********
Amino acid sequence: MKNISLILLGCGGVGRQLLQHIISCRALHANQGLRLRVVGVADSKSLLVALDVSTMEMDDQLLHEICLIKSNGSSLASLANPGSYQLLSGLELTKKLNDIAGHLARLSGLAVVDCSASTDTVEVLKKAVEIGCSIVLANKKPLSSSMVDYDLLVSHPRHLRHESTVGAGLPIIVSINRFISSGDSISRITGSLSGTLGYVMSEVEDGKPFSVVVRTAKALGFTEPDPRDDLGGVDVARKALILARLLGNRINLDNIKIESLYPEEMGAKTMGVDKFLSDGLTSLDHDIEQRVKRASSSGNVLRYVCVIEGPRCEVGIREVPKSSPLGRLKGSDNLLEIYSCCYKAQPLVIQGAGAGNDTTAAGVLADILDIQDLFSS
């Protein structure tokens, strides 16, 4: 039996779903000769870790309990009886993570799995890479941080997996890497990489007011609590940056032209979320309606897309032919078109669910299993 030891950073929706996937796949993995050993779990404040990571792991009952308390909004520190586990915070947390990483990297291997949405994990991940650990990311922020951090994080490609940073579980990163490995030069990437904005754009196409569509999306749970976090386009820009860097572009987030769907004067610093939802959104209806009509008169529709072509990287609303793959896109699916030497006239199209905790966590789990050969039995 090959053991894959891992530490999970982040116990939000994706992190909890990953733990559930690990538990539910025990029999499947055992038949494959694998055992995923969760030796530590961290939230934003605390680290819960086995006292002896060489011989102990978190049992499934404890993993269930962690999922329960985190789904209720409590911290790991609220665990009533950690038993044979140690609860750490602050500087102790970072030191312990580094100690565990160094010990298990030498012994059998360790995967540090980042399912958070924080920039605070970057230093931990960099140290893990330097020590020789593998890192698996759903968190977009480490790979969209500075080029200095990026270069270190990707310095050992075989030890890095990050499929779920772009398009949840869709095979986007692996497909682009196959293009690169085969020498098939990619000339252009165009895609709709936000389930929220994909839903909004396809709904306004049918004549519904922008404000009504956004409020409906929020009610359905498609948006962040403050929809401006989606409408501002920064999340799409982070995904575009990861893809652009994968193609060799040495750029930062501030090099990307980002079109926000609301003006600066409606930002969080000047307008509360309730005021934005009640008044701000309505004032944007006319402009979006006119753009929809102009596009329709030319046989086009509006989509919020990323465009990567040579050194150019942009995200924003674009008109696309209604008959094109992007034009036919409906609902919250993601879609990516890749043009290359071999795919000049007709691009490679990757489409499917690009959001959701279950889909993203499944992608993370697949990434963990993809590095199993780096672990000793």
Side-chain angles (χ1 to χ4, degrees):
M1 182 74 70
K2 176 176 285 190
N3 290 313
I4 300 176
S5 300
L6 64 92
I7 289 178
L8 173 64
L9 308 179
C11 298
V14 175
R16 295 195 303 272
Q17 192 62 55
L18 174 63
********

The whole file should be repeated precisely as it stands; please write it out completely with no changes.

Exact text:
Amino acid sequence: MKNISLILLGCGGVGRQLLQHIISCRALHANQGLRLRVVGVADSKSLLVALDVSTMEMDDQLLHEICLIKSNGSSLASLANPGSYQLLSGLELTKKLNDIAGHLARLSGLAVVDCSASTDTVEVLKKAVEIGCSIVLANKKPLSSSMVDYDLLVSHPRHLRHESTVGAGLPIIVSINRFISSGDSISRITGSLSGTLGYVMSEVEDGKPFSVVVRTAKALGFTEPDPRDDLGGVDVARKALILARLLGNRINLDNIKIESLYPEEMGAKTMGVDKFLSDGLTSLDHDIEQRVKRASSSGNVLRYVCVIEGPRCEVGIREVPKSSPLGRLKGSDNLLEIYSCCYKAQPLVIQGAGAGNDTTAAGVLADILDIQDLFSS
């Protein structure tokens, strides 16, 4: 039996779903000769870790309990009886993570799995890479941080997996890497990489007011609590940056032209979320309606897309032919078109669910299993 030891950073929706996937796949993995050993779990404040990571792991009952308390909004520190586990915070947390990483990297291997949405994990991940650990990311922020951090994080490609940073579980990163490995030069990437904005754009196409569509999306749970976090386009820009860097572009987030769907004067610093939802959104209806009509008169529709072509990287609303793959896109699916030497006239199209905790966590789990050969039995 090959053991894959891992530490999970982040116990939000994706992190909890990953733990559930690990538990539910025990029999499947055992038949494959694998055992995923969760030796530590961290939230934003605390680290819960086995006292002896060489011989102990978190049992499934404890993993269930962690999922329960985190789904209720409590911290790991609220665990009533950690038993044979140690609860750490602050500087102790970072030191312990580094100690565990160094010990298990030498012994059998360790995967540090980042399912958070924080920039605070970057230093931990960099140290893990330097020590020789593998890192698996759903968190977009480490790979969209500075080029200095990026270069270190990707310095050992075989030890890095990050499929779920772009398009949840869709095979986007692996497909682009196959293009690169085969020498098939990619000339252009165009895609709709936000389930929220994909839903909004396809709904306004049918004549519904922008404000009504956004409020409906929020009610359905498609948006962040403050929809401006989606409408501002920064999340799409982070995904575009990861893809652009994968193609060799040495750029930062501030090099990307980002079109926000609301003006600066409606930002969080000047307008509360309730005021934005009640008044701000309505004032944007006319402009979006006119753009929809102009596009329709030319046989086009509006989509919020990323465009990567040579050194150019942009995200924003674009008109696309209604008959094109992007034009036919409906609902919250993601879609990516890749043009290359071999795919000049007709691009490679990757489409499917690009959001959701279950889909993203499944992608993370697949990434963990993809590095199993780096672990000793």
Side-chain angles (χ1 to χ4, degrees):
M1 182 74 70
K2 176 176 285 190
N3 290 313
I4 300 176
S5 300
L6 64 92
I7 289 178
L8 173 64
L9 308 179
C11 298
V14 175
R16 295 195 303 272
Q17 192 62 55
L18 174 63